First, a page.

Created by George Pelecanos and David Simon and starring James Franco and Maggie Gyllenhaal, The Deuce follows the story of the legalization and subsequent rise of the porn industry in New York’s Times Square from the early 1970s through the mid-1980s, exploring the rough-and-tumble world at the pioneering moments of what would become the billion-dollar American sex industry. George Pelecanos, David Simon, James Franco and Nina K. Noble serve as executive producers.
The Knockturnal: What inspired you to tell this story?
David Simon: We were working on Treme in New Orleans …The assistant locations manager was an independent film producer at the time named Mark Johnson. He had been trying to make something about Times Square and the rise of pornography. For years, he had done a lot of research, and had become connected to a guy … and he kept insisting that George and I come to visit. Come hear the guy talk. We go to New York to do our editing. At one point, we were on a trip, we were like, okay. He was just so persistent, we thought, let’s give it an hour. Three hours later we were like writing on cocktail napkins. He was describing a world that felt like we needed to do something.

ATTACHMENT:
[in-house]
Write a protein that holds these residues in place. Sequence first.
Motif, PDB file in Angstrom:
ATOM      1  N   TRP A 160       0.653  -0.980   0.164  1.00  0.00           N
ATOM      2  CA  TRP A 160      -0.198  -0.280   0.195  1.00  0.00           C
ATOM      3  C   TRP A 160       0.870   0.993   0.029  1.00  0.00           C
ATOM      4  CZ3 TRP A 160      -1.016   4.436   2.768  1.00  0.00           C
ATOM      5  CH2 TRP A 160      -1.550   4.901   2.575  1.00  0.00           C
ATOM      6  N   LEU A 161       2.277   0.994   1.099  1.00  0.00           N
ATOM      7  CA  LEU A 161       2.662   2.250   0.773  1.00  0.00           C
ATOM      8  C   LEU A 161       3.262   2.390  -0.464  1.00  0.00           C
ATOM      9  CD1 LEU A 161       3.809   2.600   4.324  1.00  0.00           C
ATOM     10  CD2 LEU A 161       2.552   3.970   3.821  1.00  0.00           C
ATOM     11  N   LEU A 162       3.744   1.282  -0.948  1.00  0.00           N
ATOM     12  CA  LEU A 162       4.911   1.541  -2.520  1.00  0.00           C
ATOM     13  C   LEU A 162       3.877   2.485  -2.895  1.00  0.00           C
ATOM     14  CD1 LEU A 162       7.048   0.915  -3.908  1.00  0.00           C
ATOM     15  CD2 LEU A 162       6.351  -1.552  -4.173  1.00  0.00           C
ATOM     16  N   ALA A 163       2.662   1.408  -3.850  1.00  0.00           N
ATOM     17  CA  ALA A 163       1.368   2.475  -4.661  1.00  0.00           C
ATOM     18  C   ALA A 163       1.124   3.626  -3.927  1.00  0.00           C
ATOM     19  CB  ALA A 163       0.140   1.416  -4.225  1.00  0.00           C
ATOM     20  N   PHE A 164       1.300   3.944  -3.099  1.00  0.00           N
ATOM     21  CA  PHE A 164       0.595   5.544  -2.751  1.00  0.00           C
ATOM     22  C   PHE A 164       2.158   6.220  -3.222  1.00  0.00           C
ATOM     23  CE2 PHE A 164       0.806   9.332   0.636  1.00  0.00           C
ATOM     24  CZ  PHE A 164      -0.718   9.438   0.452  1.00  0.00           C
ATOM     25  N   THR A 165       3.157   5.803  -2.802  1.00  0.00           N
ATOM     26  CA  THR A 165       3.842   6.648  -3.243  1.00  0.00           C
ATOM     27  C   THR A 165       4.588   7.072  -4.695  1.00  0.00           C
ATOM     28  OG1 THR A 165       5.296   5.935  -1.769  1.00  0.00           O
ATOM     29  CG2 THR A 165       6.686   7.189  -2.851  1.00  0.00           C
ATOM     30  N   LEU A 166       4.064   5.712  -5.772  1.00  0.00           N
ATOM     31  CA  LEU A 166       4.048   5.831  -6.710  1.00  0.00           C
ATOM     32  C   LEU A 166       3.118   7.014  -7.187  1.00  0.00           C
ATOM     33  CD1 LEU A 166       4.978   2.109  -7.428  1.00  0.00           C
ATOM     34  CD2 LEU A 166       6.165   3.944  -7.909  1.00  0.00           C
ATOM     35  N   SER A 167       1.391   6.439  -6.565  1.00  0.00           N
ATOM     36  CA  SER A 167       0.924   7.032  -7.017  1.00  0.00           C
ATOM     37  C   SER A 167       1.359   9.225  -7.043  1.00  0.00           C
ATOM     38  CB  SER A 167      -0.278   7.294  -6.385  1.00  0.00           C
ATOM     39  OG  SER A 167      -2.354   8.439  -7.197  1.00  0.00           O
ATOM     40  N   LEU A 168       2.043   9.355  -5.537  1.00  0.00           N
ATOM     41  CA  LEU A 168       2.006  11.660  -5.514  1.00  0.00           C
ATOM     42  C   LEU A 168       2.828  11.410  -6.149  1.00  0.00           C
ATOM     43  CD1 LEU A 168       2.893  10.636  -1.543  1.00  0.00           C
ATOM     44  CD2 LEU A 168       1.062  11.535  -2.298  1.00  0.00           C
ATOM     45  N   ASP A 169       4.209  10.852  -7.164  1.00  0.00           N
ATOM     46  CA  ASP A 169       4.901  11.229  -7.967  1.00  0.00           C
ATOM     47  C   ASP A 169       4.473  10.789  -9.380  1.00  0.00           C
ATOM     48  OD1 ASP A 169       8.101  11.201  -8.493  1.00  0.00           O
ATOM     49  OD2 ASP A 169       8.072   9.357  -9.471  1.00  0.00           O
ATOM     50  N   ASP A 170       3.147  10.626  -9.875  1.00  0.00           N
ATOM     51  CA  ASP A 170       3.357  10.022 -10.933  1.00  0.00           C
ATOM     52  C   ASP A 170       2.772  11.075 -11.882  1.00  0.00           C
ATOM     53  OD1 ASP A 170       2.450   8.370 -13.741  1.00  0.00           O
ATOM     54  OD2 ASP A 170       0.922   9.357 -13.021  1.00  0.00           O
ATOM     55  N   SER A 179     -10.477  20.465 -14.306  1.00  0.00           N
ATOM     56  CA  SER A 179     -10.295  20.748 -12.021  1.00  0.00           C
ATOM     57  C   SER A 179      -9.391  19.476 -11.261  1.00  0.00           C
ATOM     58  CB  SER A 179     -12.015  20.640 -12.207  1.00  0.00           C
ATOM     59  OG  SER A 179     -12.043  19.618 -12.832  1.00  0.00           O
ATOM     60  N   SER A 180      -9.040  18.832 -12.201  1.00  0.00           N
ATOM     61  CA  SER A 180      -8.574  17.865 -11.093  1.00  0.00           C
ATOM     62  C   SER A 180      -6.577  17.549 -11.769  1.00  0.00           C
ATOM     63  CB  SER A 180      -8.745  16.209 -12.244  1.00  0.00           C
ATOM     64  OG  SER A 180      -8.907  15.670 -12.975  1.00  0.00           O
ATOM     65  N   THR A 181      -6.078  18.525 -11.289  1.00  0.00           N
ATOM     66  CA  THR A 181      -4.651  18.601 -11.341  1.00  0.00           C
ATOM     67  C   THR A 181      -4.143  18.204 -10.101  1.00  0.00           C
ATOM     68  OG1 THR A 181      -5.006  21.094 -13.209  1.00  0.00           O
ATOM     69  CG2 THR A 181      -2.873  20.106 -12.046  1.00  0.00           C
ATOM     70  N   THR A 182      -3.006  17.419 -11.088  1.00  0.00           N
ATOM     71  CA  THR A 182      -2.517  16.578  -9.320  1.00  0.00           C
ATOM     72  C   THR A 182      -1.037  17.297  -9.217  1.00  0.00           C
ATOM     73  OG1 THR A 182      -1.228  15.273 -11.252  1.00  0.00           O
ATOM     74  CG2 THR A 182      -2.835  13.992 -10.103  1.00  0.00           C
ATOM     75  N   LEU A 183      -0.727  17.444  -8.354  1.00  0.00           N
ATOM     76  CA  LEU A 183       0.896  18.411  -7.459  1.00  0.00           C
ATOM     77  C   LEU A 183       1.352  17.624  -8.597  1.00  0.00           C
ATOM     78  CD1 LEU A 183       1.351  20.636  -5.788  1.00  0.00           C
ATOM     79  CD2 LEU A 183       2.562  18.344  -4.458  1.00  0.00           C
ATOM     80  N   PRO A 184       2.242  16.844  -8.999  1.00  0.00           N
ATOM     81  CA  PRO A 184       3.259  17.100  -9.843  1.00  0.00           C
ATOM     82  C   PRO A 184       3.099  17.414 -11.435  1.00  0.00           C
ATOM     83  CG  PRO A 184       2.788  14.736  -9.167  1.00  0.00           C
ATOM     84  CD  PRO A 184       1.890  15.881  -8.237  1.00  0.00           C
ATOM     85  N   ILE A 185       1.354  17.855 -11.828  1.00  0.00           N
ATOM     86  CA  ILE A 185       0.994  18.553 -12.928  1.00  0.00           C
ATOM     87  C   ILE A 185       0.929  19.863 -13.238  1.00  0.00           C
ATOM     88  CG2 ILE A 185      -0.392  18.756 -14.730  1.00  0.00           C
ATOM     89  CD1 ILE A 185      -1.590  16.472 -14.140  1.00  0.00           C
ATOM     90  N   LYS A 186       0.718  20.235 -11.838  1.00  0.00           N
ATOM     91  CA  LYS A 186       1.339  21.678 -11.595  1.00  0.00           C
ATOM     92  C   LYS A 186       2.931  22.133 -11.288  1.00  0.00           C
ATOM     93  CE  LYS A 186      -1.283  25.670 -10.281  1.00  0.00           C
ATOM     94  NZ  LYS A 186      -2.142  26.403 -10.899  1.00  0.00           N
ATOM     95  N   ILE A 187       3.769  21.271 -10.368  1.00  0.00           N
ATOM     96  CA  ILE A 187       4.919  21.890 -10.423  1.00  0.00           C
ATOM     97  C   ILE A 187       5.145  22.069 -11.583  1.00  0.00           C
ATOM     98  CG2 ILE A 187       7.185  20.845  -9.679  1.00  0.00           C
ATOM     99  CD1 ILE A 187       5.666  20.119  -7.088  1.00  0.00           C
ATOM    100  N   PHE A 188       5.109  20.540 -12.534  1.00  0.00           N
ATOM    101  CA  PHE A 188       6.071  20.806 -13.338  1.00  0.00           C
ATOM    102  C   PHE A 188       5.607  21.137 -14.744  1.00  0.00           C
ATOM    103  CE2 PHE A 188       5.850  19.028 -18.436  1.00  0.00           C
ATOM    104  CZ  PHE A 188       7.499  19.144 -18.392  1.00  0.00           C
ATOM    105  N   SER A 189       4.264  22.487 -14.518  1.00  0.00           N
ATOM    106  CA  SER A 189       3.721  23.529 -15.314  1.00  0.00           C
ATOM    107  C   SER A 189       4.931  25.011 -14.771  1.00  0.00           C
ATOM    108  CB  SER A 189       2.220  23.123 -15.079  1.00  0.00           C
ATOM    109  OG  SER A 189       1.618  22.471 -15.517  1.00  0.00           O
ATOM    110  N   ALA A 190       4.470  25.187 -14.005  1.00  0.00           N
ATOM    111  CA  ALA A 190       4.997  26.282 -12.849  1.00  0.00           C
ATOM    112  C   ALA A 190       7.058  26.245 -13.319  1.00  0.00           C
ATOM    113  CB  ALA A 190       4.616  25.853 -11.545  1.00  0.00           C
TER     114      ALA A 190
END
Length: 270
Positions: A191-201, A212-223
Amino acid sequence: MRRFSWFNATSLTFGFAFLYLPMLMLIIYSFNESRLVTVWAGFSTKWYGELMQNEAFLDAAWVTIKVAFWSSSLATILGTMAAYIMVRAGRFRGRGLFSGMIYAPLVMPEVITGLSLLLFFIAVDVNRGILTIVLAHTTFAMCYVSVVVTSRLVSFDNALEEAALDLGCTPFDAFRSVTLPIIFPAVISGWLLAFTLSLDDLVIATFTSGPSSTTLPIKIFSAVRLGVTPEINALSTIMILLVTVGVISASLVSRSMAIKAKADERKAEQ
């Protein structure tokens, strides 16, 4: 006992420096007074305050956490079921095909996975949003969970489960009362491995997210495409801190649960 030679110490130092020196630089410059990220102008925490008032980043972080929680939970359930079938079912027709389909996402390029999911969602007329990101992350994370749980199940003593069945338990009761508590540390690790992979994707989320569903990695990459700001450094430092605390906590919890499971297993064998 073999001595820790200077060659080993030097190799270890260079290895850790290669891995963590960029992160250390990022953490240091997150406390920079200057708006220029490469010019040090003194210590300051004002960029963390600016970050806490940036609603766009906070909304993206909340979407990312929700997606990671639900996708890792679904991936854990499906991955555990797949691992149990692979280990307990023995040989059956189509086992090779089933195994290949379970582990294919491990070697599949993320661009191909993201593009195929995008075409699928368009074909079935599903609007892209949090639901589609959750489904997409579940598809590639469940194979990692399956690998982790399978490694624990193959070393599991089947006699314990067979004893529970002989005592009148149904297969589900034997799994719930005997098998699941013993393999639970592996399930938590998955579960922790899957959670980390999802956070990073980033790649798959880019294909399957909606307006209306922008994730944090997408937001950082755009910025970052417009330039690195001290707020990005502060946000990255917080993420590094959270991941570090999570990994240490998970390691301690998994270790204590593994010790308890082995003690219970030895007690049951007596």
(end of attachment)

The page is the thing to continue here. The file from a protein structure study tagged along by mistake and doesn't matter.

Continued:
The Knockturnal: People have not really seen 70’s New York City Times Square. Talk about creating that atmosphere.
David Simon: Well, you got to do a lot of research. It’s before my time. I was 11 in ’71, but you do the research, you look at all the contemporaneous film, you look at documentaries, you read all the books, and then you talk to as many survivors as you can find, and then you sit down and you write, and you hope you get most of it right. Or enough of it right.